Stephen at least seems to have waited until he was sure Ellie could run the household.

    • mxpw says:

      Yeah, I’ve got to go with JC on this one. Agent X did little to mitigate the damage that Stephen and Mary did. Before Agent X, at least one could take solace in the fact that while both Mary and Stephen made mistakes and were terrible parents, what happened to them was due to events largely beyond their control.

      But with Agent X, that doesn’t appear to be true. They were actually responsible for the problems that tore their family apart. That they seemingly purposely abandoned their kids in some effort to right their wrongs doesn’t make them look good, it makes them look worse. I actually think Agent X made me think Stephen and Mary were even worse parents than I initially believed.

      • OldDarth says:

        Totally agree mxpw.

        The ONLY thing this RETCON explains – and it is absolutely a RETCON – and it really warrants no explanation, is Volkoff’s English accent.

        This is a Retcon, of the worst kind, because:
        a) it whitewashes previously established canon
        b) and in the process diminishes the Bartowski elder’s, especially PapaB
        c) is an admission by the writers that the original story was broken
        d) still does not fix all the previous story logic gaffes – PSP and laptop anyone?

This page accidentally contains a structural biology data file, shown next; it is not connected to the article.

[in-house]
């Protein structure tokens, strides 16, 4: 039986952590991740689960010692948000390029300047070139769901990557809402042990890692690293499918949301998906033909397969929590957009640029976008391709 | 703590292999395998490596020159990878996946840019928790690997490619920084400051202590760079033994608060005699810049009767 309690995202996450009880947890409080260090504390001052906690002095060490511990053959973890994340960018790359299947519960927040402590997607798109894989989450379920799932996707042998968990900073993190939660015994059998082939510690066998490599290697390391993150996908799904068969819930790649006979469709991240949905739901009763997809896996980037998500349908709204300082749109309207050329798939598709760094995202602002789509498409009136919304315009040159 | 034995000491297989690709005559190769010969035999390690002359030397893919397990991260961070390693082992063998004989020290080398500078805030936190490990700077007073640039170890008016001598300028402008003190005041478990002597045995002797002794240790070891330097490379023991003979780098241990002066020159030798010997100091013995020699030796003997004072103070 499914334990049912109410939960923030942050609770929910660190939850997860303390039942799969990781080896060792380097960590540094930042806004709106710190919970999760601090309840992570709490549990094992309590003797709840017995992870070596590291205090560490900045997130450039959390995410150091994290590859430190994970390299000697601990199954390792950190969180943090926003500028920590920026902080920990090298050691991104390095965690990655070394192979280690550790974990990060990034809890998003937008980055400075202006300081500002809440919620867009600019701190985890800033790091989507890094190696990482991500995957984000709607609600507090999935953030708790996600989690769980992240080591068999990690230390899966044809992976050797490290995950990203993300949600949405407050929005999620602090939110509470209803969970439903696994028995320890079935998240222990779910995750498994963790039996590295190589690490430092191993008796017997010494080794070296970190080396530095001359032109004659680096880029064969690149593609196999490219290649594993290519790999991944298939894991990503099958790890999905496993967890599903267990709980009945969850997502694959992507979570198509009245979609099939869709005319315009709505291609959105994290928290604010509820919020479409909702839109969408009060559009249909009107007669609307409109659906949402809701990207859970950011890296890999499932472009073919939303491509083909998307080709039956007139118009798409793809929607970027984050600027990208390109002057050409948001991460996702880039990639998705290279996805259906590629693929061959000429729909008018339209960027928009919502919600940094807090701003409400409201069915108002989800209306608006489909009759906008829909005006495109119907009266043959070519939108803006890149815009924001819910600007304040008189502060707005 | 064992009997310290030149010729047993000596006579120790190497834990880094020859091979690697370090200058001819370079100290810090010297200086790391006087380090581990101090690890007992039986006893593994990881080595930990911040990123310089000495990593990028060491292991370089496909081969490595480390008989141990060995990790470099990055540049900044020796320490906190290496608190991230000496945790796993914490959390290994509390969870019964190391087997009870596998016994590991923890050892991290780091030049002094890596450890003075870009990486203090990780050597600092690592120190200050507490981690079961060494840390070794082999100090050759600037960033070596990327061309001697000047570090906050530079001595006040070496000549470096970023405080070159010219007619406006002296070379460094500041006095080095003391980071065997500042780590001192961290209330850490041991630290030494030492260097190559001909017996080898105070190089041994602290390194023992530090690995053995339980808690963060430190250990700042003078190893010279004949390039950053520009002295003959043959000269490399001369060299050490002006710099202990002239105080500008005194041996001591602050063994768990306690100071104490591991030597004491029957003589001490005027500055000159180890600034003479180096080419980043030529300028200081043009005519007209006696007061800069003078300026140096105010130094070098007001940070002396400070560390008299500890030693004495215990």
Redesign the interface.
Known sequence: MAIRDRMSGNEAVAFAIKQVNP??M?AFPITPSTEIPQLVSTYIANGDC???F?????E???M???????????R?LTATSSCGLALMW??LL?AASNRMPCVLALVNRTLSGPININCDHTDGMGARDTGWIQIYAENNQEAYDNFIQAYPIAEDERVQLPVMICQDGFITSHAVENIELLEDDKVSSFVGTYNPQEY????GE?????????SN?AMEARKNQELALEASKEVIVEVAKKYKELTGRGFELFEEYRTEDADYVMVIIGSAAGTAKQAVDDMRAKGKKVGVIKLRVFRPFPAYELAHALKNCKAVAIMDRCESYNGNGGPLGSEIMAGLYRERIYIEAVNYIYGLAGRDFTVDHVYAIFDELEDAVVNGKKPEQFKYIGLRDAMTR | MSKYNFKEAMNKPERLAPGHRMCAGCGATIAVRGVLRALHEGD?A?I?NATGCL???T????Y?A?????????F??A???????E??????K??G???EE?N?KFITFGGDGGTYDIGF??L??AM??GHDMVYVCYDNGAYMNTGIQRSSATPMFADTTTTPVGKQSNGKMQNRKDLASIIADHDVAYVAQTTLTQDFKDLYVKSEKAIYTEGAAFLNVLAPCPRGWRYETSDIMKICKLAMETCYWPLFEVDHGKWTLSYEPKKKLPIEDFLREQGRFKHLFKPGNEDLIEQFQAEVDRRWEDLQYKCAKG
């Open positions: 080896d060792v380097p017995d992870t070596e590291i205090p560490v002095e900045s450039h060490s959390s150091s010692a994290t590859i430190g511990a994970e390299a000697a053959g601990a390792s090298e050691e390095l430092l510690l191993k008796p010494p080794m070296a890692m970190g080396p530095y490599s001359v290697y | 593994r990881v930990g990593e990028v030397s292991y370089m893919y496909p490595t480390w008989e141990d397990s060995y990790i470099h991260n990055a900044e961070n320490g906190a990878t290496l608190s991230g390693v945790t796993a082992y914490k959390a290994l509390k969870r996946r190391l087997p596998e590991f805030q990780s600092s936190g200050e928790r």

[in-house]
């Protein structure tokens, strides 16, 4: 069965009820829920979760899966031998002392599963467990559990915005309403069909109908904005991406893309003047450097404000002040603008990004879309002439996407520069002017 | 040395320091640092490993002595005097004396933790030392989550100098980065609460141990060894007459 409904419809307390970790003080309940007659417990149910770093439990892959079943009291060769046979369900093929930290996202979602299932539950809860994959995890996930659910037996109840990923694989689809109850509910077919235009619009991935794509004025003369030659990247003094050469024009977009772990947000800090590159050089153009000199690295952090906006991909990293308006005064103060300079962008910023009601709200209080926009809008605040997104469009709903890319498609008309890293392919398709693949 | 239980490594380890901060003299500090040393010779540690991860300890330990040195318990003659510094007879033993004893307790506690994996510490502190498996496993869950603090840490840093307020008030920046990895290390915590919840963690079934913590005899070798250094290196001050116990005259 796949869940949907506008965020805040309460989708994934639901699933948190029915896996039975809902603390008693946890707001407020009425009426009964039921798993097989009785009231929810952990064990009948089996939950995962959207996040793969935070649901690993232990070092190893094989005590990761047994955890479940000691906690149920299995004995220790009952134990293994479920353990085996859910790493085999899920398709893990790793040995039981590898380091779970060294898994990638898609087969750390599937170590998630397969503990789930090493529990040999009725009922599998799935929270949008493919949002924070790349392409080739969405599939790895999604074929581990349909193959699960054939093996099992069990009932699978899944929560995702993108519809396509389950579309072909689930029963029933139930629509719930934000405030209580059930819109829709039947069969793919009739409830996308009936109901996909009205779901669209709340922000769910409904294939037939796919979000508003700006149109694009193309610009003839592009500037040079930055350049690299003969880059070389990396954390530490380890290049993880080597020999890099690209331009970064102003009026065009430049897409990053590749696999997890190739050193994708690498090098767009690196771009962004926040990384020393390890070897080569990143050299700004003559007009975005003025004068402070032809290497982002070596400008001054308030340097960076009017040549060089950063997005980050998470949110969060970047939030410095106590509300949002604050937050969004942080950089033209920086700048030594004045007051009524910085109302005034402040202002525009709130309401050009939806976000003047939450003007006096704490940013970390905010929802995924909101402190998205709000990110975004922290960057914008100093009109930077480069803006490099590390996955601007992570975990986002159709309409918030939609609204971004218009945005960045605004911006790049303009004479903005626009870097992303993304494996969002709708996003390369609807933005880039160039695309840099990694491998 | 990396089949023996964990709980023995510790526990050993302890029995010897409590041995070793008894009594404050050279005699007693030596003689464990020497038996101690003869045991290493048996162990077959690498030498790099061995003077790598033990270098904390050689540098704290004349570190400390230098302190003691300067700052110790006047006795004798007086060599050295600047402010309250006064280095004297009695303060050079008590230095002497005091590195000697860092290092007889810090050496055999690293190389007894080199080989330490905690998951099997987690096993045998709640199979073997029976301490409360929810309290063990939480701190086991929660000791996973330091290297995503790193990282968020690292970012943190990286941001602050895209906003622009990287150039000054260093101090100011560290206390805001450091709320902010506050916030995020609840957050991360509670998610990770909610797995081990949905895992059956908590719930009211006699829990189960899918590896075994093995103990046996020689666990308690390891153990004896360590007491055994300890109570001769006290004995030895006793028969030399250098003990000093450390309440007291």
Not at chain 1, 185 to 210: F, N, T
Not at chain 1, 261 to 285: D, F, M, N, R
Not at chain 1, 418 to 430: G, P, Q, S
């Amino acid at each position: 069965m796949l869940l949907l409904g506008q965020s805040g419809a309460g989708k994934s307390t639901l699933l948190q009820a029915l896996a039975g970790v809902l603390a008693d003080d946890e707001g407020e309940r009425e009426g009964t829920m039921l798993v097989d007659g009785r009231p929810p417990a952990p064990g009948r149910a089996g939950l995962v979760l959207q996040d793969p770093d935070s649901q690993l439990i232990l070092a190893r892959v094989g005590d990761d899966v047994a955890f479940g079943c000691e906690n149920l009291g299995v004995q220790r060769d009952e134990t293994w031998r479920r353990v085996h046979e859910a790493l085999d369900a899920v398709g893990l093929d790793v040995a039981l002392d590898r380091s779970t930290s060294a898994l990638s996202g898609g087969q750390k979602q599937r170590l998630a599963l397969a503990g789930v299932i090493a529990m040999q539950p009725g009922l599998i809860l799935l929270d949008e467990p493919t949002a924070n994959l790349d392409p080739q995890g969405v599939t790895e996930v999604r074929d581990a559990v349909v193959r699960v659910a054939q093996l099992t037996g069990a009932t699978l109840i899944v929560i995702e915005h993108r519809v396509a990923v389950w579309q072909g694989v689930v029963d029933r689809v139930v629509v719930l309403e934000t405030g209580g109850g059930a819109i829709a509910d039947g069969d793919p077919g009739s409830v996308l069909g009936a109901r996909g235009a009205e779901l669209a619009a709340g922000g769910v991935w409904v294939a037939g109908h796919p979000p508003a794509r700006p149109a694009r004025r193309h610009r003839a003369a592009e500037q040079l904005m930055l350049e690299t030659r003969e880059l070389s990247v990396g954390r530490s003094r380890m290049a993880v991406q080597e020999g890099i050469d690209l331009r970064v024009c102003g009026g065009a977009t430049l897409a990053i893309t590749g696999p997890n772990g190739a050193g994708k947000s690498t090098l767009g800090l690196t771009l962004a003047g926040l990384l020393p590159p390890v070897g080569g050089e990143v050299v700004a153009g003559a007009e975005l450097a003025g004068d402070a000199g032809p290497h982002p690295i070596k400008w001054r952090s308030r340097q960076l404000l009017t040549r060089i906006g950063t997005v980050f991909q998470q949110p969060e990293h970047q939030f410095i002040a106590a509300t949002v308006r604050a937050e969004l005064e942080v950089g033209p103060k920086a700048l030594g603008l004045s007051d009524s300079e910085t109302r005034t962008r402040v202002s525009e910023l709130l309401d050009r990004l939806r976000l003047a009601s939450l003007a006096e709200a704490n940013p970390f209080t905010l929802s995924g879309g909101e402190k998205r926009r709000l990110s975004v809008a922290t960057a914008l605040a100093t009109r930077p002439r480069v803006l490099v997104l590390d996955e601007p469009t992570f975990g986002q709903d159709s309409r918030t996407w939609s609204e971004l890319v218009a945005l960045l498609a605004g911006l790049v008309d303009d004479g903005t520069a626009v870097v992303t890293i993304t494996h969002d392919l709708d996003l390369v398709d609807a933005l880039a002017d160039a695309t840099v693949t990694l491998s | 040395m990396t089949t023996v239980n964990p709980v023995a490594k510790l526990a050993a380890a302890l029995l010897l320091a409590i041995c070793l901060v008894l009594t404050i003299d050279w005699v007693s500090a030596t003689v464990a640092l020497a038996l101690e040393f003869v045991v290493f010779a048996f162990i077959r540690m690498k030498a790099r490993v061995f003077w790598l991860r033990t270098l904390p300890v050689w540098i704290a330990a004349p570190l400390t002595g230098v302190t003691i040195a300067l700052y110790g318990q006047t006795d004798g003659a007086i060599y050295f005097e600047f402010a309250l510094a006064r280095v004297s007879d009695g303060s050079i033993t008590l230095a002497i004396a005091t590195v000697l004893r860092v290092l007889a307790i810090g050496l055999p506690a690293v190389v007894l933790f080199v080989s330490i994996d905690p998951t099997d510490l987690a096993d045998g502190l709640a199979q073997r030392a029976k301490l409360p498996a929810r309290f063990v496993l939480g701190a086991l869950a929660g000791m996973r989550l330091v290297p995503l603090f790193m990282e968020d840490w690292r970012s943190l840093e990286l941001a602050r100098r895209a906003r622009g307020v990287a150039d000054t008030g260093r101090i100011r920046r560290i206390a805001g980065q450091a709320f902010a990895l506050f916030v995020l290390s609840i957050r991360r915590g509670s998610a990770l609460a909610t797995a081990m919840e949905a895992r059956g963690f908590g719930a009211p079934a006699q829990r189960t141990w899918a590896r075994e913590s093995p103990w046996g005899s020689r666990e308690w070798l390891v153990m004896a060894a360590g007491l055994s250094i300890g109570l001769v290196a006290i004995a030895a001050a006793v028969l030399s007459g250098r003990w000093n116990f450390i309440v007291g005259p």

e) breaks the contract between writer and audience of trust by not telling us the true story to begin with

      • atcDave says:

        Wow, I just think you guys are totally wrong. How can you begrudge a soldier (or government agent) doing their job. Especially once you discover they’re trying to fix a problem of their own doing. I think this makes perfect sense of everything in a far more satisfying way than what we knew before.

        And I think it’s completely disingenuous to call this a breach of trust. This is fun story-telling and an exciting ride without going dark or undoing what we already knew. It enhances and explains without undoing anything. That is perfect.
        I think you guys are being critical purely because you like being critical and dislike Ernie (that is NOT aimed at Big Kev!). Much of what you’re saying is based on twisting our words and taking things out of context.

      • armysfc says:

        dave i agree with JC and MXPW. i would specifically like to address the good soldier part. i know what it takes to leave your family to serve and this risks it entails. a soldier would not allow nukes to be pointed at the country he/she swore to defend, would not let the continued sales of illegal arms to go on. if he/she did i would have a hard time with that as well.

        this sounds like another discussion that nobody can win, but it is fun to read whats being said.

      • OldDarth says:

        “And I think it’s completely disingenuous to call this a breach of trust. This is fun story-telling and an exciting ride without going dark or undoing what we already knew. It enhances and explains without undoing anything. That is perfect.”

        Sorry if someone tells you one thing at the start and then comes back with a different version years later that IS a breach of trust.

        Nothing disingenuous about it at all.

        Telling the true story the first time is fun.

        Being hoodwinked for several seasons is not.